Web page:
How much calcium do I need?
Calcium is a big health topic especially when it comes to women and children’s health.
99% of the body’s calcium is in the bones and teeth. The other 1% of calcium circulates in the body fluids and is part of regulating muscle contraction, blood clotting, transmission of nerve impulses, secretion of hormones and activation of some enzymes.
The players in calcium balance in the body are vitamin D, vitamin K2, magnesium and phosphorus.
- Vitamin D “the sunshine vitamin”
Our bodies will make vitamin D with sun exposure, the liver and kidneys will work together to make the active form of vitamin D. (The drawback is that if you are above the 37th parallel you won’t get the exposure you need to make enough). Vitamin D3 is responsible for improving the absorption of calcium we take in to our bodies.
- Vitamin K2 “the new vitamin on the block” Recent research has uncovered that vitamin K2 supports the bone building activity and suppresses the bone breakdown at the cellular level.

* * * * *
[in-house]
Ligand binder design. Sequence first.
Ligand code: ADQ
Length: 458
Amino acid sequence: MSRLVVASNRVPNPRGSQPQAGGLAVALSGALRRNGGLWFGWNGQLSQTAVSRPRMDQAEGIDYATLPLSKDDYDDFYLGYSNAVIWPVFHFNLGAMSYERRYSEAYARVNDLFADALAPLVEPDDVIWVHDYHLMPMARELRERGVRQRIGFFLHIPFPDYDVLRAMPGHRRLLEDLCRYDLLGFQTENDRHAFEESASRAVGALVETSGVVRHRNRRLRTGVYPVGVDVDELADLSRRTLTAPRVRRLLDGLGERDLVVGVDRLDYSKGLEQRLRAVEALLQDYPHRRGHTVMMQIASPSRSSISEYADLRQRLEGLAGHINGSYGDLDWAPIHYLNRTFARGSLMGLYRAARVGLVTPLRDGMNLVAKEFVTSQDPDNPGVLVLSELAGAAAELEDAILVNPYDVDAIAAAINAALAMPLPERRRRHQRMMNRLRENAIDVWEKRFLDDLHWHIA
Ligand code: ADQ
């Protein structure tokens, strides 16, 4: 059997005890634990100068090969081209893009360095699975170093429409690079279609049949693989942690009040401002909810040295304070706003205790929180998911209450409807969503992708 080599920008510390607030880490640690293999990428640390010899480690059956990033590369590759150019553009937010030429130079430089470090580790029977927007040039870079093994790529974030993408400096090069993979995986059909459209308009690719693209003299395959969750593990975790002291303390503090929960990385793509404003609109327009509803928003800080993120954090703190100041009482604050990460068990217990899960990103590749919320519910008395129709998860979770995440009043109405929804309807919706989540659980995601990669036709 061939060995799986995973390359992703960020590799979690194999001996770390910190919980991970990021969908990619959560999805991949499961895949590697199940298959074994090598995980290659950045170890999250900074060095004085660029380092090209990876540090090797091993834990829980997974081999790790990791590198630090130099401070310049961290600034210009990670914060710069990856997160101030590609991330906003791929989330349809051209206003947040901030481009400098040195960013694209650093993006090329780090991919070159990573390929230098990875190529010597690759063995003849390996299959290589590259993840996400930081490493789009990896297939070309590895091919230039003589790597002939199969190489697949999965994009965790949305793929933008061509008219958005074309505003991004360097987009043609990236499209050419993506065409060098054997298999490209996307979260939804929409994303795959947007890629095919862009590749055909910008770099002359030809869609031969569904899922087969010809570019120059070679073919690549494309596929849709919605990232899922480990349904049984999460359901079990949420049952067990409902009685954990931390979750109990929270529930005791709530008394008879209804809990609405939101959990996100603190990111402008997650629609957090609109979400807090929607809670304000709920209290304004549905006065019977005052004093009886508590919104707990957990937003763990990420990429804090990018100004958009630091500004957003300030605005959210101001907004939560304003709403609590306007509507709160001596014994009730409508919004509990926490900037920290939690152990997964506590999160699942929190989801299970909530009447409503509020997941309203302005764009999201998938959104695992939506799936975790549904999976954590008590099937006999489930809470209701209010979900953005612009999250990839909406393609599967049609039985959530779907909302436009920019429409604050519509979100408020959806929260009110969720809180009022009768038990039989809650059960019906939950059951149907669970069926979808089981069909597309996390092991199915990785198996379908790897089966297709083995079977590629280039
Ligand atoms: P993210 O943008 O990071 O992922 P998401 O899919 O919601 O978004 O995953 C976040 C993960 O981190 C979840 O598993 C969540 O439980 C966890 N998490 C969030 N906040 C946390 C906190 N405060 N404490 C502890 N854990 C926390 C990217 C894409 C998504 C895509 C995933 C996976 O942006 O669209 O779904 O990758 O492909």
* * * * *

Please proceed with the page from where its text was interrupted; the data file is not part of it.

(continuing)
- Magnesium “the activator” This mineral is responsible for activating many pathways within the body including the conversion of vitamin D2 to D3(active form). In addition magnesium also assists in regulation the absorption of calcium in the body. That being said you can’t have one without the other too much calcium will result in a magnesium loss, and vice versa.
- Phosphorus “the supporter” The second most abundant mineral in the body after calcium it helps to play a structural role with teeth and the bones.
|Age group||Recommended Dietary Allowance (RDA) per day||Tolerable Upper Intake Level (UL) per day|
|Infants 0-6 months||200 mg||1000 mg|
|Infants 7-12 months||260 mg||1500 mg|
|Children 1-3 years||700 mg||2500 mg|
|Children 4-8 years||1000 mg||2500 mg|
|Children 9-18 years||1300 mg||3000 mg|
|Adults 19-50 years||1000 mg||2500 mg|
|Adults 51-70 years
|Adults > 70 years||1200 mg||2000 mg|
|Pregnancy & Lactation